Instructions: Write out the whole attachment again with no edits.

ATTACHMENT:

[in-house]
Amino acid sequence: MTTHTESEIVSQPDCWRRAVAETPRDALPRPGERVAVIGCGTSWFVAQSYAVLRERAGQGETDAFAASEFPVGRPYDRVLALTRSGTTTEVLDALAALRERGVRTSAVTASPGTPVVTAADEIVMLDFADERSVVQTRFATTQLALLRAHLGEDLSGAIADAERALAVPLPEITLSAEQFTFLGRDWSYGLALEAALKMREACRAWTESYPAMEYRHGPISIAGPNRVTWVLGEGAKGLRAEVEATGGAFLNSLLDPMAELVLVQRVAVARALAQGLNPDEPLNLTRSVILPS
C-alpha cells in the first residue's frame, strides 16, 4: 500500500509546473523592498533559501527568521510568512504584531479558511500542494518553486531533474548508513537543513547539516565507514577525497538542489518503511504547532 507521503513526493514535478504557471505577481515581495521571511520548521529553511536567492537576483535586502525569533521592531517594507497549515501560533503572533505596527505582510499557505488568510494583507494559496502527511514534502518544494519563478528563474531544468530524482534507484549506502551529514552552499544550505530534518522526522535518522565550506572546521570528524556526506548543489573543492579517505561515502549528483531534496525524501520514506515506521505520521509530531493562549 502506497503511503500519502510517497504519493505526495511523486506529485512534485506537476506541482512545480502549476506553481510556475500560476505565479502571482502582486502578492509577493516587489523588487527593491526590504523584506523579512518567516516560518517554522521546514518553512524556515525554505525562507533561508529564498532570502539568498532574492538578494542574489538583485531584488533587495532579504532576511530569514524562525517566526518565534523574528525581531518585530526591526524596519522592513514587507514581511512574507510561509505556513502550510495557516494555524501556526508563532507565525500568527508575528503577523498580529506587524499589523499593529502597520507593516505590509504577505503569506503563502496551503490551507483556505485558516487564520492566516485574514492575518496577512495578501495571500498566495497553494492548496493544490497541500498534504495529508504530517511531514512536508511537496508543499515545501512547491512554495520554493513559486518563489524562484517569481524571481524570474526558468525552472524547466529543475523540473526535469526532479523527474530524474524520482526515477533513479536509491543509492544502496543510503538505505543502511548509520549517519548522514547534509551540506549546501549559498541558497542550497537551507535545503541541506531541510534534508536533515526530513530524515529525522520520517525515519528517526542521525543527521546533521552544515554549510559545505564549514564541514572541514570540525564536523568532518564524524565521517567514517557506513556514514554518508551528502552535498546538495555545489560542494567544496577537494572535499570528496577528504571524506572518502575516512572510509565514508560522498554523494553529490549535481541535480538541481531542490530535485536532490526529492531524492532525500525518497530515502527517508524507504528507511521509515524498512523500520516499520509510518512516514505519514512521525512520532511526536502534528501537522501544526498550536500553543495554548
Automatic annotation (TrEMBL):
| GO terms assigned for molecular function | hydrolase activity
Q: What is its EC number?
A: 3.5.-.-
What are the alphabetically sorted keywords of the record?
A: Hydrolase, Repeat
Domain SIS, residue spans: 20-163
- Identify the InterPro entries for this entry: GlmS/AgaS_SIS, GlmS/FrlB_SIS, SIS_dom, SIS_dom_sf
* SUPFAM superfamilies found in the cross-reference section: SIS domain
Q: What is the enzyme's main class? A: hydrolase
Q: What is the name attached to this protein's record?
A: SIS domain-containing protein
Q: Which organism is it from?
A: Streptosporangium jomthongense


[in-house]
Amino acid sequence: MTTHTESEIVSQPDCWRRAVAETPRDALPRPGERVAVIGCGTSWFVAQSYAVLRERAGQGETDAFAASEFPVGRPYDRVLALTRSGTTTEVLDALAALRERGVRTSAVTASPGTPVVTAADEIVMLDFADERSVVQTRFATTQLALLRAHLGEDLSGAIADAERALAVPLPEITLSAEQFTFLGRDWSYGLALEAALKMREACRAWTESYPAMEYRHGPISIAGPNRVTWVLGEGAKGLRAEVEATGGAFLNSLLDPMAELVLVQRVAVARALAQGLNPDEPLNLTRSVILPS
C-alpha cells in the first residue's frame, strides 16, 4: 500500500509546473523592498533559501527568521510568512504584531479558511500542494518553486531533474548508513537543513547539516565507514577525497538542489518503511504547532 507521503513526493514535478504557471505577481515581495521571511520548521529553511536567492537576483535586502525569533521592531517594507497549515501560533503572533505596527505582510499557505488568510494583507494559496502527511514534502518544494519563478528563474531544468530524482534507484549506502551529514552552499544550505530534518522526522535518522565550506572546521570528524556526506548543489573543492579517505561515502549528483531534496525524501520514506515506521505520521509530531493562549 502506497503511503500519502510517497504519493505526495511523486506529485512534485506537476506541482512545480502549476506553481510556475500560476505565479502571482502582486502578492509577493516587489523588487527593491526590504523584506523579512518567516516560518517554522521546514518553512524556515525554505525562507533561508529564498532570502539568498532574492538578494542574489538583485531584488533587495532579504532576511530569514524562525517566526518565534523574528525581531518585530526591526524596519522592513514587507514581511512574507510561509505556513502550510495557516494555524501556526508563532507565525500568527508575528503577523498580529506587524499589523499593529502597520507593516505590509504577505503569506503563502496551503490551507483556505485558516487564520492566516485574514492575518496577512495578501495571500498566495497553494492548496493544490497541500498534504495529508504530517511531514512536508511537496508543499515545501512547491512554495520554493513559486518563489524562484517569481524571481524570474526558468525552472524547466529543475523540473526535469526532479523527474530524474524520482526515477533513479536509491543509492544502496543510503538505505543502511548509520549517519548522514547534509551540506549546501549559498541558497542550497537551507535545503541541506531541510534534508536533515526530513530524515529525522520520517525515519528517526542521525543527521546533521552544515554549510559545505564549514564541514572541514570540525564536523568532518564524524565521517567514517557506513556514514554518508551528502552535498546538495555545489560542494567544496577537494572535499570528496577528504571524506572518502575516512572510509565514508560522498554523494553529490549535481541535480538541481531542490530535485536532490526529492531524492532525500525518497530515502527517508524507504528507511521509515524498512523500520516499520509510518512516514505519514512521525512520532511526536502534528501537522501544526498550536500553543495554548
Automatic annotation (TrEMBL):
| GO terms assigned for molecular function | hydrolase activity
Q: What is its EC number?
A: 3.5.-.-
What are the alphabetically sorted keywords of the record?
A: Hydrolase, Repeat
Domain SIS, residue spans: 20-163
- Identify the InterPro entries for this entry: GlmS/AgaS_SIS, GlmS/FrlB_SIS, SIS_dom, SIS_dom_sf
* SUPFAM superfamilies found in the cross-reference section: SIS domain
Q: What is the enzyme's main class? A: hydrolase
Q: What is the name attached to this protein's record?
A: SIS domain-containing protein
Q: Which organism is it from?
A: Streptosporangium jomthongense